Jiang, X., Z. -L. Yang, H. Liao, and Atmospheric Environment, 44, 4891-4907, doi:10.1016/j.atmosenv.2010.08.032., 2010: Sensitivity of biogenic secondary organic aerosols to future climate change at regional scales: An online coupled simulation.
|Title:||Sensitivity of biogenic secondary organic aerosols to future climate change at regional scales: An online coupled simulation|
|Abstract:||Biogenic emissions and secondary organic aerosols (SOA) are strongly dependent on climatic conditions. To understand the SOA levels and their sensitivity to future climate change in the United States (U.S.), we present a modeling work with the consideration of SOA formation from the oxidation of biogenic emissions with atmospheric oxidants (e.g., OH, O₃, and NO₃). The model simulation for the present-day climate is evaluated against satellite and ground-based aerosol measurements. Although the model underestimates aerosol concentrations over the northwestern U.S. due to the lack of fire emissions in the model simulations, overall, the SOA results agree well with previous studies. Comparing with the available measurements of organic carbon (OC) concentrations, we found that the amount of SOA in OC is significant, with the ratio ranging from 0.1 to 0.5/0.6. The enhanced modeling system driven by global climate model output was also applied for two three-year one-month simulations (July, 2001-2003 and 2051-2053) to examine the sensitivity of SOA to future climate change. Under the future two emissions scenarios (A1B and A2), future temperature changes are predicted to increase everywhere in the U.S., but with different degrees of increase in different regions. As a result of climate change in the future, biogenic emissions are predicted to increase everywhere, with the largest increase (~20%) found in the southeastern and northwestern U.S. under the A1B scenario. Changes in SOA are not identical with those in biogenic emissions. Under the A1B scenario, the biggest increase in SOA is found over Texas, with isoprene emissions being the major contributor to SOA formation. The range of change varies from 5% over the southeast region to 26% over Texas. The changes in either biogenic emissions or SOA under the two climate scenarios are different due to the differences in climatic conditions. Our results also suggest that future SOA concentrations are also influenced by several other factors such as the partitioning coefficients, the atmospheric oxidative capability, primary organic carbon aerosols and anthropogenic emissions.|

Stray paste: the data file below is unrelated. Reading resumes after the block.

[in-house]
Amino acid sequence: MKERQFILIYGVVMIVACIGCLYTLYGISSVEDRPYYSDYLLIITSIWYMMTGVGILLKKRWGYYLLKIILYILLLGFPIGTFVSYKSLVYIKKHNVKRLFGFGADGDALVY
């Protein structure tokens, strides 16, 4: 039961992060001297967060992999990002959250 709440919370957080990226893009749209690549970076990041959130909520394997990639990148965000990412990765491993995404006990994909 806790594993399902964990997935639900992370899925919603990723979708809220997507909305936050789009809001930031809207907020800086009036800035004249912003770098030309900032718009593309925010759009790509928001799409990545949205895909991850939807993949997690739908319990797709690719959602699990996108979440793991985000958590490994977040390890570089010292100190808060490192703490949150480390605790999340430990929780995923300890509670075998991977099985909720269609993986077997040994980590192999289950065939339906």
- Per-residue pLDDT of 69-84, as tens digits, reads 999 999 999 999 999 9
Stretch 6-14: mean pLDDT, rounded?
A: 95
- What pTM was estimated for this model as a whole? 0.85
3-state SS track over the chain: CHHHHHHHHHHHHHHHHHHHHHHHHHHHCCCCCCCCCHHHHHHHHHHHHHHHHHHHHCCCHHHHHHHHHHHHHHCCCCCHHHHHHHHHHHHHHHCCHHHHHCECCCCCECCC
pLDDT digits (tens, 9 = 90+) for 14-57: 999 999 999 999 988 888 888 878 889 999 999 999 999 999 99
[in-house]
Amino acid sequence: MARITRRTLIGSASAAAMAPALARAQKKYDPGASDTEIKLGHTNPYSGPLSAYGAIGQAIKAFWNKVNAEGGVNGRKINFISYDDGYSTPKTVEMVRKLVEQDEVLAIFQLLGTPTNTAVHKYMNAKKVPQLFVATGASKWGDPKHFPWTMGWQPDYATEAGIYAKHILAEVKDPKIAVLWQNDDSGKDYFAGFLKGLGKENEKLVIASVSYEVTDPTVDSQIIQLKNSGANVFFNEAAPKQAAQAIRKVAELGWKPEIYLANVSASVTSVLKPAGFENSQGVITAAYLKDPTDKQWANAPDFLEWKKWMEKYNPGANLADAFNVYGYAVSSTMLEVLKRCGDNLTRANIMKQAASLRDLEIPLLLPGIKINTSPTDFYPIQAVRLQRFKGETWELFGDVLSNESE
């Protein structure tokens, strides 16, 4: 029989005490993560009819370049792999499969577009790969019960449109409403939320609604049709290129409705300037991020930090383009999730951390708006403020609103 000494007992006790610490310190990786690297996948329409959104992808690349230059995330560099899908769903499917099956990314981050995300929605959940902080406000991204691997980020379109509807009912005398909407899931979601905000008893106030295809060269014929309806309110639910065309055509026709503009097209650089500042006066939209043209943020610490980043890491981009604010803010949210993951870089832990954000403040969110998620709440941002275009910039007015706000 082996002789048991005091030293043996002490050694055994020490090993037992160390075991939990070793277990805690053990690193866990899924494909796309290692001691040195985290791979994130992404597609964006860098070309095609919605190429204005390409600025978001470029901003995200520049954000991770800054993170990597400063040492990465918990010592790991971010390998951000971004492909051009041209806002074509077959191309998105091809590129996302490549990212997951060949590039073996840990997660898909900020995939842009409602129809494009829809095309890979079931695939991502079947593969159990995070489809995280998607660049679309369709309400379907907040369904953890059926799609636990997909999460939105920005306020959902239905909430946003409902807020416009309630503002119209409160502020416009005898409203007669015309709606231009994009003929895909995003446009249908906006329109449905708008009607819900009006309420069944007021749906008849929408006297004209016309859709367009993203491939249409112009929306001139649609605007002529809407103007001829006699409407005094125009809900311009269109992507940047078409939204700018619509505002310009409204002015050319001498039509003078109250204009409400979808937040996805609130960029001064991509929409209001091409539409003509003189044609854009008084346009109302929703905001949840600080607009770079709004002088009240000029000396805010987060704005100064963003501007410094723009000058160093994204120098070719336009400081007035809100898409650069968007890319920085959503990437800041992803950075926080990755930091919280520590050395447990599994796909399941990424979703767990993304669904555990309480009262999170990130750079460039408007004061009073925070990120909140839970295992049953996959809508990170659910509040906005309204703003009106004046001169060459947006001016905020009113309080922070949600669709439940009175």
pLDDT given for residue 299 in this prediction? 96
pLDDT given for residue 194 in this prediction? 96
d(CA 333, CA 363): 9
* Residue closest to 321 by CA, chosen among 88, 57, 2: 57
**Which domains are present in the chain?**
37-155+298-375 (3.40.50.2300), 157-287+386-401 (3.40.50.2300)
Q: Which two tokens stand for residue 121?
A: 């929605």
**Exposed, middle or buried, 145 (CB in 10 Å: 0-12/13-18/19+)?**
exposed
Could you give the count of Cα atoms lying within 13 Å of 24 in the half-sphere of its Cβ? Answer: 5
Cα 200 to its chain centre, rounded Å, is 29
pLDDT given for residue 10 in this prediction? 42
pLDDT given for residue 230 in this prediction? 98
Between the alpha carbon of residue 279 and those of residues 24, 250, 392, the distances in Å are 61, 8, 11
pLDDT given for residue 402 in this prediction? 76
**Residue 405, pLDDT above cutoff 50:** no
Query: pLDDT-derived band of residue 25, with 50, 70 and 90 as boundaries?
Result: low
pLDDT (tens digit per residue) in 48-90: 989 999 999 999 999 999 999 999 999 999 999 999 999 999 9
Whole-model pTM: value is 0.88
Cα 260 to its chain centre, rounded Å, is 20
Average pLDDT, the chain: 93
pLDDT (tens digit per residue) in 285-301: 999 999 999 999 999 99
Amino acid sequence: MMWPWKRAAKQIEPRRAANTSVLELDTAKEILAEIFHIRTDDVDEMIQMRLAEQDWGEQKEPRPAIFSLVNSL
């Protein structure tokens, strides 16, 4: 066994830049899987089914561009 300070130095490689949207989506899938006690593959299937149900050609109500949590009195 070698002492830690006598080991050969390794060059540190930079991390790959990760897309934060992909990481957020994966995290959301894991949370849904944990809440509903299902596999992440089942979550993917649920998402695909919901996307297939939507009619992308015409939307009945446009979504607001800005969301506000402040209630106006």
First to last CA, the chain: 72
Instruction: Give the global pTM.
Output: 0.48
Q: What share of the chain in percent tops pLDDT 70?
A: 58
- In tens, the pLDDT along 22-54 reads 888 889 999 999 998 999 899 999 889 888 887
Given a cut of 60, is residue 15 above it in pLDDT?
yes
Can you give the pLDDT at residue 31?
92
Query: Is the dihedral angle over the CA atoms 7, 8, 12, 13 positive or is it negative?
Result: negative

|Copyright Information:||An edited version of this paper was published by Elsevier. Copyright 2010 Elsevier.|
|OpenSky citable URL:||ark:/85065/d7pv6kt1|